Dir/scr:Danielle Arbid. Fr-Bel-Leb. 2004. 90mins

The war thatengulfed Lebanon in the early 1980s, turning Beirut from the Paris of theMiddle East into a scarred wasteland of pockmarked and rusting buildings, isonly a metaphor for the chaos and turmoil that most interests the youngLebanese documentary and shorts film-maker Danielle Arbid in her feature debut.

Althoughthe film deals with explosive emotions, the opaqueness of the central characterand the slow pace of the film as a whole makes In The Battlefields farless involving and sympathetic than intended. It may win plaudits from festivaljuries - it played in Directors' Fortnight at Cannes - but will fail to connectwith all but homegrown audiences.

Twelve-yearold Lina (Feghali) is far less concerned with the bombs falling outside herupper-middle class Beirut home than the war erupting inside it. Her fatherFaoud's gambling addiction has turned her and her mother's lives into anightmare. Repeated attempts by family and friends to get Faoud to acceptresponsibility and change have failed. Were it not for Faoud's imperious oldersister Yvonne (Arbid), the family would have no place to live.

Ignoredby everybody, Lina has developed a crush of sorts on her aunt's 18-year-olddomestic servant Siham (Elchab), who was effectively 'sold' to Yvonne and istreated as little more than a slave. Siham has befriended Lina, the only onewho treats her kindly, but actually considers the girl little more than a toolin helping her to sneak out of the house to meet her boyfriend. When Linarealises that Siham intends to run away for good, she feels betrayed and sinksto the kind of revenge that she sees practiced outside her window every day bythe various warring parties involved in the Lebanese conflict.

Arbidintentionally fails to provide any historical backdrop or political context forher story because the outside war is far less important to Lina than thebrutality inside the household. This lack of background, however, makes itdifficult for audiences who know nothing about the region's recent past tofully engage with the characters.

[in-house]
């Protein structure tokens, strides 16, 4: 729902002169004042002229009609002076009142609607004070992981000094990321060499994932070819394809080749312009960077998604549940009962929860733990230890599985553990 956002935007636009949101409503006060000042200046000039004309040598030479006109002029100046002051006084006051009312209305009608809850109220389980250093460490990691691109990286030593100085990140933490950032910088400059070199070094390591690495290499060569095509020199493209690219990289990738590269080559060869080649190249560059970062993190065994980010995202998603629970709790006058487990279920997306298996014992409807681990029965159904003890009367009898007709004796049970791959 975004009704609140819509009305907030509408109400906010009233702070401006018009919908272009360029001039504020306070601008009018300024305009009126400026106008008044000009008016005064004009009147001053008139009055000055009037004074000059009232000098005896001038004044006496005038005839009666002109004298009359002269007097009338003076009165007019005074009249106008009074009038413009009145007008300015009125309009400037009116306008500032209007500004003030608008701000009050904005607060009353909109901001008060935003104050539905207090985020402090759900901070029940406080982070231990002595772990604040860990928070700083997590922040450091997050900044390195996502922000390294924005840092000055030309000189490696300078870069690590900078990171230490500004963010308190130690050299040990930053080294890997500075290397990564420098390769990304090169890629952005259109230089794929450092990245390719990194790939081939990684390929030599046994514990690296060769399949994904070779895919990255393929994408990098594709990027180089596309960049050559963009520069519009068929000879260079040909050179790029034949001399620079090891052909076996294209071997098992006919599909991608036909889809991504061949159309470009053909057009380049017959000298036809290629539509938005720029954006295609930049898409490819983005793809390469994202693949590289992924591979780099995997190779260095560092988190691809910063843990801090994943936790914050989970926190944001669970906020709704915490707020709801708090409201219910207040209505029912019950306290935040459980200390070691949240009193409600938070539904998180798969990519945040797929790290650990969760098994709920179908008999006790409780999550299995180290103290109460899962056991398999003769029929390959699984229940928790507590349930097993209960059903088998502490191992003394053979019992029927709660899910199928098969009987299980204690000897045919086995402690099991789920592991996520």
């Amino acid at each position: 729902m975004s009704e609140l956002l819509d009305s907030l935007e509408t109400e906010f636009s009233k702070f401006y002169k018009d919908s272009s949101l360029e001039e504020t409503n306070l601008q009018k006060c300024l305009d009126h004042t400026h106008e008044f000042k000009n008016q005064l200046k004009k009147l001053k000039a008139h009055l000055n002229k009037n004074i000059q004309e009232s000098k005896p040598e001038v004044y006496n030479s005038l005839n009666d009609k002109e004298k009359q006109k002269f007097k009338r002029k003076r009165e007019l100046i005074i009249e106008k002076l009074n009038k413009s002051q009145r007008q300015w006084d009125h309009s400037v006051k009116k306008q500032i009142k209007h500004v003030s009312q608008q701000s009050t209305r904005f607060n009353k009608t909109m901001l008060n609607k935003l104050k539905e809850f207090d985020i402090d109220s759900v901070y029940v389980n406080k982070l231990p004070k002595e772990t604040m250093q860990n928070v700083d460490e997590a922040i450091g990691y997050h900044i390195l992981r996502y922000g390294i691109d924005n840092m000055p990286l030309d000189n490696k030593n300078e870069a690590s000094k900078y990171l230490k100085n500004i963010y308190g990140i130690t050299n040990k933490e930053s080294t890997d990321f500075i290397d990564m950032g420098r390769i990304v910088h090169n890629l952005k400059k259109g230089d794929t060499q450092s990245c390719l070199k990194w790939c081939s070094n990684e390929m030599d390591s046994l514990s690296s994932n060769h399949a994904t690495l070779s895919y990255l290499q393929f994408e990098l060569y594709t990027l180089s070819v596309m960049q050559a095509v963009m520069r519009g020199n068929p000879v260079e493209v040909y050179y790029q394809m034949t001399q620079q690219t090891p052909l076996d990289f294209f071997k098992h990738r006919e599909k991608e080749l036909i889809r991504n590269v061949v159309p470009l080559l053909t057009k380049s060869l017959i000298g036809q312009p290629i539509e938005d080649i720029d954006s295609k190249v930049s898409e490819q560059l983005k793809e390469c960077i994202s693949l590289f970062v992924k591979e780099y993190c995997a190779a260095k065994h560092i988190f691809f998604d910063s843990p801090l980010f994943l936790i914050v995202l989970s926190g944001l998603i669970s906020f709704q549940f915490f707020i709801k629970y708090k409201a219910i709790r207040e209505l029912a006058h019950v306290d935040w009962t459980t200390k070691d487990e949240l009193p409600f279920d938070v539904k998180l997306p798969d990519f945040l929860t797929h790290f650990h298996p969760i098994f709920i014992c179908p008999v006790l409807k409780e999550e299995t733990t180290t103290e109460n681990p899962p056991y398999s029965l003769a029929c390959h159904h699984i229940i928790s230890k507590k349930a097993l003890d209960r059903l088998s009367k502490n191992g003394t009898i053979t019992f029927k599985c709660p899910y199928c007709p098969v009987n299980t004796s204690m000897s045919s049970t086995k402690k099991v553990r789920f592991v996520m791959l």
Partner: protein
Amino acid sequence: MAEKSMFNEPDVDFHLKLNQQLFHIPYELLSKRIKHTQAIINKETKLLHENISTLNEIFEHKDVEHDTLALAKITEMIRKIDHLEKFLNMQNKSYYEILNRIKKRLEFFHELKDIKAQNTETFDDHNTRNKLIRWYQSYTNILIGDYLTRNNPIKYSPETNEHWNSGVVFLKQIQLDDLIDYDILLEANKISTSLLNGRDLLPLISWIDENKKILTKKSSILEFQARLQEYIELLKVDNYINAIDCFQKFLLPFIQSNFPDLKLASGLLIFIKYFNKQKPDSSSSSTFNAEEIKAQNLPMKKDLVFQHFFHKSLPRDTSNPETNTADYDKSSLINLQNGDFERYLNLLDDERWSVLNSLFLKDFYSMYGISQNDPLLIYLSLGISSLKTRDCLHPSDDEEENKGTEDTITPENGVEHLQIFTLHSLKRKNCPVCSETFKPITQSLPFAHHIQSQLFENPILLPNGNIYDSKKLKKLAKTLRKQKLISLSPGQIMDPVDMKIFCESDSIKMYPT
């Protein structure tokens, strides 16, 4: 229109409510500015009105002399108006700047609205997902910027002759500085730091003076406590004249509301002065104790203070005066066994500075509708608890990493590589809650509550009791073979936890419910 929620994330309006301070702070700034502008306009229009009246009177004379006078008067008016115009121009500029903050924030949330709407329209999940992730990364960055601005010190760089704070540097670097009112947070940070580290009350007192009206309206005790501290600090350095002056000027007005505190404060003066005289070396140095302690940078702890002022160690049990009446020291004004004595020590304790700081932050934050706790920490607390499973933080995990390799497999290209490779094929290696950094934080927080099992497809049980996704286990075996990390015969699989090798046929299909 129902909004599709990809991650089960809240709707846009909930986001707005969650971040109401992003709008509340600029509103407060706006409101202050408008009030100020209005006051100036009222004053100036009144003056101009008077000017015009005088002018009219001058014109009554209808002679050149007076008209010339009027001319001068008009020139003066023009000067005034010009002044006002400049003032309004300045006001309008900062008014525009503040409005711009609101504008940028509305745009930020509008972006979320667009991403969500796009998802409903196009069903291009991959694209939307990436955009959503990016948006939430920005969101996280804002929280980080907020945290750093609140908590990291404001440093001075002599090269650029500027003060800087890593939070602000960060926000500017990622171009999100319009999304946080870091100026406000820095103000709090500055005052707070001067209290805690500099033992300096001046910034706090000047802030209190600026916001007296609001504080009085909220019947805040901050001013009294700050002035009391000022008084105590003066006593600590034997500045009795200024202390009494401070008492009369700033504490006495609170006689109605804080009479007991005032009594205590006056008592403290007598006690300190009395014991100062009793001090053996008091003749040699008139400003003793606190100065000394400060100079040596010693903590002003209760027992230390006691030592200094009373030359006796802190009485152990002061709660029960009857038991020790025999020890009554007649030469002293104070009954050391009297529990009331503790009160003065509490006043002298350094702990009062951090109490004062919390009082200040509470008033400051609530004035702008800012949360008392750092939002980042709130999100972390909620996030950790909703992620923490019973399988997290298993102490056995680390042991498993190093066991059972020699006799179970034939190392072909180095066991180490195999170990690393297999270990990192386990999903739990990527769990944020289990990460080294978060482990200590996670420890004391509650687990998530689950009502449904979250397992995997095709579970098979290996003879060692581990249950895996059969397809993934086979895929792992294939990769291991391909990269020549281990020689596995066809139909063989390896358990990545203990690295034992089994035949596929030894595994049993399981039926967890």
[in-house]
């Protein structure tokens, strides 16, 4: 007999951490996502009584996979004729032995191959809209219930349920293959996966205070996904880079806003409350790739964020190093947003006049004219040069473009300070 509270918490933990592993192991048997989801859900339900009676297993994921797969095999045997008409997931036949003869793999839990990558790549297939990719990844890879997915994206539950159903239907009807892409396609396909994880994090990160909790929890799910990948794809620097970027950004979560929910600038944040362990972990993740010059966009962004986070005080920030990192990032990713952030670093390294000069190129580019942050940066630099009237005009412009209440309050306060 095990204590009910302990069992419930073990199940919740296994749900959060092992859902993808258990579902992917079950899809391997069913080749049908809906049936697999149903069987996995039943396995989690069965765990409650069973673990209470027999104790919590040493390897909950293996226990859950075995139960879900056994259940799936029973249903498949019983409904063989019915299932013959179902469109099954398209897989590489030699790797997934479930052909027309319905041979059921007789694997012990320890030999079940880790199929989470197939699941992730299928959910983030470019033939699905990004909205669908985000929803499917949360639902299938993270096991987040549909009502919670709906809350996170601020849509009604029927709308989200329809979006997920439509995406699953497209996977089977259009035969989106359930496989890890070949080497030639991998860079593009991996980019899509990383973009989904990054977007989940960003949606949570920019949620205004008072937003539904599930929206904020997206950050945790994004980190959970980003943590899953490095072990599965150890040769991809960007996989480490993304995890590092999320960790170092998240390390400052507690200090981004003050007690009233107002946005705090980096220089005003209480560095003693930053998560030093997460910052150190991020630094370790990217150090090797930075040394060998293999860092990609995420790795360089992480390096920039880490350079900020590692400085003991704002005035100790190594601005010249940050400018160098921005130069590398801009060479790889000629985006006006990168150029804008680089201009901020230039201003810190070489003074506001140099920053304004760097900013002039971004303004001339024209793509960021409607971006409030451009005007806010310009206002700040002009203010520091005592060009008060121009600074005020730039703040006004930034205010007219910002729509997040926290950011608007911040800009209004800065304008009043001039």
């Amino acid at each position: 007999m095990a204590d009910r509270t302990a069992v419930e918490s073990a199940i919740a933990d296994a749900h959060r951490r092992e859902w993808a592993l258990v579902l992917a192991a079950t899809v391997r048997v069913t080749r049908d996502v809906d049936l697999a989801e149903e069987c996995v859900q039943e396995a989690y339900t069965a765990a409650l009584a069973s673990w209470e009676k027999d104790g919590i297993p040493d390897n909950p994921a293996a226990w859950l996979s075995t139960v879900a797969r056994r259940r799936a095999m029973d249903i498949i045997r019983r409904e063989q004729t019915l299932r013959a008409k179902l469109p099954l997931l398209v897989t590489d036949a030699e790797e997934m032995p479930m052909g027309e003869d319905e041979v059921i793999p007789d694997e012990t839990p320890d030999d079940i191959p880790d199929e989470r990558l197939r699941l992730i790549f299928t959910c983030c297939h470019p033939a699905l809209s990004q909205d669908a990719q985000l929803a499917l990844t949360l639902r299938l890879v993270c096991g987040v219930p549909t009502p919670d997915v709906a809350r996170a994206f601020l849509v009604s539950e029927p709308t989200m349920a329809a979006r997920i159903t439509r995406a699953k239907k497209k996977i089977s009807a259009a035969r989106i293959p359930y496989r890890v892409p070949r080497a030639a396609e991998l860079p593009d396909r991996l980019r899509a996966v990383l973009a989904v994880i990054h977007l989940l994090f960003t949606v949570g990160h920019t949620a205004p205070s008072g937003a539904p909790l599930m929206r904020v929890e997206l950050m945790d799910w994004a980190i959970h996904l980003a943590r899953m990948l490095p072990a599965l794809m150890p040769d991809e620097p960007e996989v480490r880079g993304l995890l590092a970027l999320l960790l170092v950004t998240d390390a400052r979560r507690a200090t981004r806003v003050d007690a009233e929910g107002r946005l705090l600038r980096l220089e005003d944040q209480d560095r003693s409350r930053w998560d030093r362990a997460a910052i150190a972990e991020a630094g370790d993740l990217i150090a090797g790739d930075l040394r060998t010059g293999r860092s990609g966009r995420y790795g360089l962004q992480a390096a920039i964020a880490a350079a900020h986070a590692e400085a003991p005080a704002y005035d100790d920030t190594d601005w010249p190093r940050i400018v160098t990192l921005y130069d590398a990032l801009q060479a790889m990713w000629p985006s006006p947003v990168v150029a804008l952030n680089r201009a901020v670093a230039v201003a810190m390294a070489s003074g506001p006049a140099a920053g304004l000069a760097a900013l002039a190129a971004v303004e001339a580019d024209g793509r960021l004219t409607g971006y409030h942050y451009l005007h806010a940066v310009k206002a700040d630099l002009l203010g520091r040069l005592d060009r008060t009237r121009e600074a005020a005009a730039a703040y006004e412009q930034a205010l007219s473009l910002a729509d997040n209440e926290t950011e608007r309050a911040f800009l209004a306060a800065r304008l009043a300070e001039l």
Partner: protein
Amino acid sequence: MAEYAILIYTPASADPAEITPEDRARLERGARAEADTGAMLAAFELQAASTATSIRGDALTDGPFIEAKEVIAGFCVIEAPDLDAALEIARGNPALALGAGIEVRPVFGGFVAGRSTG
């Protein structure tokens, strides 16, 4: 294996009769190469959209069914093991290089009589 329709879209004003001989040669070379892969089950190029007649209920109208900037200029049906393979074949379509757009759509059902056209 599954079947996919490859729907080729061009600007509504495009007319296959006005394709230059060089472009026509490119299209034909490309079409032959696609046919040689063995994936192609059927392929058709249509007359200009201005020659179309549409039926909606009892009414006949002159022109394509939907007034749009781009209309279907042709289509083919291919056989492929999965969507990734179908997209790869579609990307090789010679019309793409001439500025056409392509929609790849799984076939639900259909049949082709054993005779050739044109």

Evenmore problematic is that the viewer never connects fully with Lina, the onepotentially likeable character. By masking so many of her thoughts and feelingswith a poker face, she keeps the viewer at a distance. Certainly things aregoing on inside her ' the end result is that she sinks to the politics ofrevenge that have doomed her homeland ' but we do not identify with the painand anger she feels.

Director/writerArbid definitely has something to say, but her reliance on long and staticshots of abandoned apartment buildings (intercut with hand-held scenes ofdomestic unrest) never feels terribly poignant. Despite some fine acting and apowerful sense that life never seems to change, In The Battlefieldslacks the emotional impact of a film like West Beirut, which depicted threeteenagers at the start of the war.

Itis a measure of this film's failure that the only real character the viewer'sheart goes out to is a dog that is being abused. The terrible things people doto one another should elicit a similar response.

Prodcos: QuoVadis Cinema, Versus Prod, Taxi Films, Selavy, La Rtbf
Int'l sales:
Bavaria Film Int'l
JeromeVidal, Jacques-Henri Bronckart, Sabine Sidawi-Hamdan, Elie Khalife, ChristianBaute
Prod des:
Main cast:
MarianneFeghali, Rawia Elchab, Laudi Arbid, Aouni Kawass, Carmen Lebbos